In this photograph you can see the summit over on the left with the steep scree gully dividing it from its subsidiary summit to the right. I guess you can say that what Pillar Rock is to Pillar Bowfell Buttress is to Bowfell complete with its very own Pisgah.

The view from Bowfell Buttress towards the Great Slab (L) and Cambridge Crag (R)
The steep scree path which I ascended alongside earlier can be seen to the right of the Great Slab.

Looking down on Bowfell Buttress subsidiary summit.
It seems the cloud is starting to break...

Cloud begins to peel away revealing Pike de Bield and the Scafells.
No sooner had I looked back did I notice how much cloud was begining to lift, not just above Bowfell but over the Scafells and Great Moss revealing blue skies in its wake.

The Great Slab, Cambridge Crag and Bowfell.
Despite emotions running away with me it was this scene, as the cloud silently drifted by revealing the Climbers Travese far below then nothing at all which tugged at my heartstrings, I simply couldn't peel my eyes, nor my feet away from the spot.

The view over Ore Gap towards Esk Pike from Bowfell Buttress.
I drop down from the summit of Bowfell Buttress taking care over the slippery rock whilst feeling like a big kid before wandering over to the edge of the ridge which overlooks Pike de Bield, Great Moss and the Scafells.

Scafell Pike, Mickledore, Broad Stand, Sca Fell and Cam Spout Crag seen over Pike de Bield.
Now that the cloud has lifted maybe its a good time to track back and summit Bowfell.

Bowfell summit.
I retrace my steps whilst the remnants of the last of the cloud continues to pass overhead revealing direct sunlight for the last few feet of the ascent, I didn't know what to expect once the summit was reached...

More jaw dropping views from the summit of Bowfell.
Here looking south over Three Tarns towards Crinkle Crags, Cold Pike and the Coniston Fells.

The dramatics were certainly off the scale this morning.

watching and waiting...

And waiting somemore.

I caught up with the couple on the summit who had wished me Happy New Year along The Band earlier and we all watched the cloud drift then finally lift revealing the pointed peaks and craggy outcrops emerging from the cloud in front of our eyes. With just the cloud wisping away I turned around to see what was happening over towards the Scafells but I got this view instead...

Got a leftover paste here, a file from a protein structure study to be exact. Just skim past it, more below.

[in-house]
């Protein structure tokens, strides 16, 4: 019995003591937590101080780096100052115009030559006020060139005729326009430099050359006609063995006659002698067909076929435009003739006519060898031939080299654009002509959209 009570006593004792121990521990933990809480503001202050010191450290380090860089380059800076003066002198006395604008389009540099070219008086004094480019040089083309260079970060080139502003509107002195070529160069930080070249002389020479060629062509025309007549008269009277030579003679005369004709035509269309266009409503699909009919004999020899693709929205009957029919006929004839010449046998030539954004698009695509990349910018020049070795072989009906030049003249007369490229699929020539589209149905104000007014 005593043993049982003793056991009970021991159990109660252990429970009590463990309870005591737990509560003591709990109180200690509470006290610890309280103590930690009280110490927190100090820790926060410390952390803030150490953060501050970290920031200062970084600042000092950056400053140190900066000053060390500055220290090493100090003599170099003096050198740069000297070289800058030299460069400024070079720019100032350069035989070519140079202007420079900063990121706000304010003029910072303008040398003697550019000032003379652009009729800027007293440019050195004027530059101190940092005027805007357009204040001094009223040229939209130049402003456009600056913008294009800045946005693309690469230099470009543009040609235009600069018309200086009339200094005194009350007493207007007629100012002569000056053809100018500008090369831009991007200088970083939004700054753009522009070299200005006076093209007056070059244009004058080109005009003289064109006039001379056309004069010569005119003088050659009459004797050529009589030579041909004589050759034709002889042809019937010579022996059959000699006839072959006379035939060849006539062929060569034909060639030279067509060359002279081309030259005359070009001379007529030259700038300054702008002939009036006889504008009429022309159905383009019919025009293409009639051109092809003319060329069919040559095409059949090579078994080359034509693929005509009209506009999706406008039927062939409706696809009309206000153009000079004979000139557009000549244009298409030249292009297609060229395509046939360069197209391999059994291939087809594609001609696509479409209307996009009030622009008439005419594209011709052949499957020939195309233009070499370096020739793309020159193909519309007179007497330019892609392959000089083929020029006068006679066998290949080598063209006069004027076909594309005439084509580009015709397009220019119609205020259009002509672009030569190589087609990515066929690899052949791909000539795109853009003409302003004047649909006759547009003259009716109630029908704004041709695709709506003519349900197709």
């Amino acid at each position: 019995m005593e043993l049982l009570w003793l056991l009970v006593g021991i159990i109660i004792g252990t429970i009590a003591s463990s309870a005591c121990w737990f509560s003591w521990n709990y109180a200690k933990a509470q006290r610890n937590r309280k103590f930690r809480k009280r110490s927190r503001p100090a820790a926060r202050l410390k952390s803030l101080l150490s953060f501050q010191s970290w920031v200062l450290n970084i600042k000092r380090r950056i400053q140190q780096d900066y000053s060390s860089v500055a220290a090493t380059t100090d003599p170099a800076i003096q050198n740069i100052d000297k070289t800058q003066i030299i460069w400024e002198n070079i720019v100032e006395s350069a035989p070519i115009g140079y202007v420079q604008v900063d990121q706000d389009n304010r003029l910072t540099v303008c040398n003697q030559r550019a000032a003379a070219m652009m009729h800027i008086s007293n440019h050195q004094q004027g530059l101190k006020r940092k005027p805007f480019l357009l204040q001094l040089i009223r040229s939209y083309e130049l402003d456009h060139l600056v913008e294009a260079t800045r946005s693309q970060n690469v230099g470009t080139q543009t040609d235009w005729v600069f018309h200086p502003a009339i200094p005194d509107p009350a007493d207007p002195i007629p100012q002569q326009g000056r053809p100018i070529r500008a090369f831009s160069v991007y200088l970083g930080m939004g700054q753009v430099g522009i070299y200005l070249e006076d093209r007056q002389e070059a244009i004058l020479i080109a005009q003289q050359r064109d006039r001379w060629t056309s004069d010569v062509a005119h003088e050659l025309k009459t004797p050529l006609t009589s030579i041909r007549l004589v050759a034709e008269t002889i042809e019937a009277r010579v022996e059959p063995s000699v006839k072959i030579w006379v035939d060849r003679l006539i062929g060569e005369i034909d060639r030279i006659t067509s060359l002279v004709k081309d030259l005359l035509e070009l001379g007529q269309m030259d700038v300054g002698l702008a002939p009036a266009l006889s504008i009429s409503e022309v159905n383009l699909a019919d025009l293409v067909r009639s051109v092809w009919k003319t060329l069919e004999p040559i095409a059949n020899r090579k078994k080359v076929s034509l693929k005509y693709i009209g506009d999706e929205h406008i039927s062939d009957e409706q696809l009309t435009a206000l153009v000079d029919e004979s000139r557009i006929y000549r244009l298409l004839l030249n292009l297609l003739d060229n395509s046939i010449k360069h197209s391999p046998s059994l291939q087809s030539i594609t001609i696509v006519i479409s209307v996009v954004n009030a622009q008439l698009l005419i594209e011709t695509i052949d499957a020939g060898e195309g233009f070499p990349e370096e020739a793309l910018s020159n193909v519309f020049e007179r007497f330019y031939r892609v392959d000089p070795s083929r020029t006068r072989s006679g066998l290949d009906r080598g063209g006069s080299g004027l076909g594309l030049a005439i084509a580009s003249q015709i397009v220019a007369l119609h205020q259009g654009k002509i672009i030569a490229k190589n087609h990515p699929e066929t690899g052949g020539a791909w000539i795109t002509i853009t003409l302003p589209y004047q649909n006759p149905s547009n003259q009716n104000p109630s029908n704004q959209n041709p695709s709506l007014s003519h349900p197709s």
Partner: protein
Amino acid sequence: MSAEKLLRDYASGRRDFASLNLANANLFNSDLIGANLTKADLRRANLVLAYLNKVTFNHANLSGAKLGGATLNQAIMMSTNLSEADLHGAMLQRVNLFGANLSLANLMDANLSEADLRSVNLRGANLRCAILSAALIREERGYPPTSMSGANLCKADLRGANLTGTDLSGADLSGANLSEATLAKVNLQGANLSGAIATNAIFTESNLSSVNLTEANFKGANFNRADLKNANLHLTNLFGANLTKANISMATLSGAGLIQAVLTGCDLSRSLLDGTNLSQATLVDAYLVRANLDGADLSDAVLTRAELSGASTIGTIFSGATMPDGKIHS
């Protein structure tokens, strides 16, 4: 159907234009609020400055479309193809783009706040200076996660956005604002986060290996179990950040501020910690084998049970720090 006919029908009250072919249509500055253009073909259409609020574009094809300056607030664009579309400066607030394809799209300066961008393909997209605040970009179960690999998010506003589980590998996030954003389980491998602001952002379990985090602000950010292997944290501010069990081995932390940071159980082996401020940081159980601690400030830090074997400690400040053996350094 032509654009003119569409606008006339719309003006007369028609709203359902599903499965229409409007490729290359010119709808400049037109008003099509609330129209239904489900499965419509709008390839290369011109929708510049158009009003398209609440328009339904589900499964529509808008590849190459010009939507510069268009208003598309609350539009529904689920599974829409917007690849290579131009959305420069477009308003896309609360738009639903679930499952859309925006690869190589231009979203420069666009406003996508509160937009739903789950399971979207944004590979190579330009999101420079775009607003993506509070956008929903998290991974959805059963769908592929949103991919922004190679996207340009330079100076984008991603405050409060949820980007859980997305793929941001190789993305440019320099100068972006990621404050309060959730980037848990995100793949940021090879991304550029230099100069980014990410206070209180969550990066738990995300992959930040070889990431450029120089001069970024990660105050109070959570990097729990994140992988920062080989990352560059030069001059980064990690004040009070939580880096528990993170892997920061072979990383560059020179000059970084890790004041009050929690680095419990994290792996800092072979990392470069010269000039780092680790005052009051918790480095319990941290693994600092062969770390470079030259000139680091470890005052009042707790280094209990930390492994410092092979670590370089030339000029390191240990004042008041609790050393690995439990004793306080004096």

In all my time as a fell walker walking the Lakeland fells I have only ever seen three Broken Spectres, two of those, including this one have been within the last eight days!

Passing the Great Slab before making my descent towards Three Tarns.

Despite not really wanting to I had to make a move as the windchill started to set in along with more walkers who were heading towards the summit from the directions of Three Tarns and Ore Gap.

Low sun over Crinkle Crags and Three Tarns.
I figured I'd earned myself an early lunch so I chose the craggy outcrop just above the Tarn in the foreground to have a refuel.

Lunch with a view.
It's not very often you can sit eating your lunch with a clear view of the Scafells for company.

The Scafells and Slight Side from Three Tarns.
After a quick bite I lowered myself down from the outcrop and wondered over to one of the Tarns to get this view of the Scafells, its a grand view but...

Slight Side, the Scafells and Broad Crag from Three Tarns.
...its this Tarn which is my favourite.

Descending from Three Tarns with views of the Langdale Pikes, The Band and Lingmoor Fell.

Taking one last look at Bowfell before I lose the view.
While observing two walkers during their ascent of Hell Gill/Crinkle Crags I started my descent along The Band, by now I had already passed four walkers in ascent and I wondered of their route given it was almost 12.30pm and I hoped it wouldn't extend further than Three Tarns owing to the amount of daylight hours left. but thats just me being over cautious. On reaching the shoulder of The Band I look back at Bowfell but I was too late, her mass was now hidden behind the curve of The Band's summit.

Bowfell and Rossett Pike from Stool End.

It was now midday and during my descent of The Band the temperature continued to rise forcing me to ditch my gloves and beanie and start zipping down anything that can be zipped down, blimey how can it feel so mild at the beginning of January. Streaks of light still penetrated Oxendale and from the lower flanks of The Band I can see walkers huddled in the sheep pen who have most probably stopped to eat lunch. Stool End Farm is reached were I kick back my feet into the back of boots ready for the half mile walk back to Rossett Bridge.

In a adjacent field I stop to watch a enthusiastic sheepdog herd a flock a sheep while the farmer tends to a nearby barn. There's the a few campers milling about between the campsite and Old Dungeon Ghyll most of whom are walking hand in hand or walking dogs. It shouldn't but it feels Spring like. Beyond Old Dungeon Ghyll Hotel I spot two climbers scaling Gimmer Crag while a Winter sun beats down on the steep sided crags of Great Langdale not quite reaching the valley floor which is by now, largely in shade.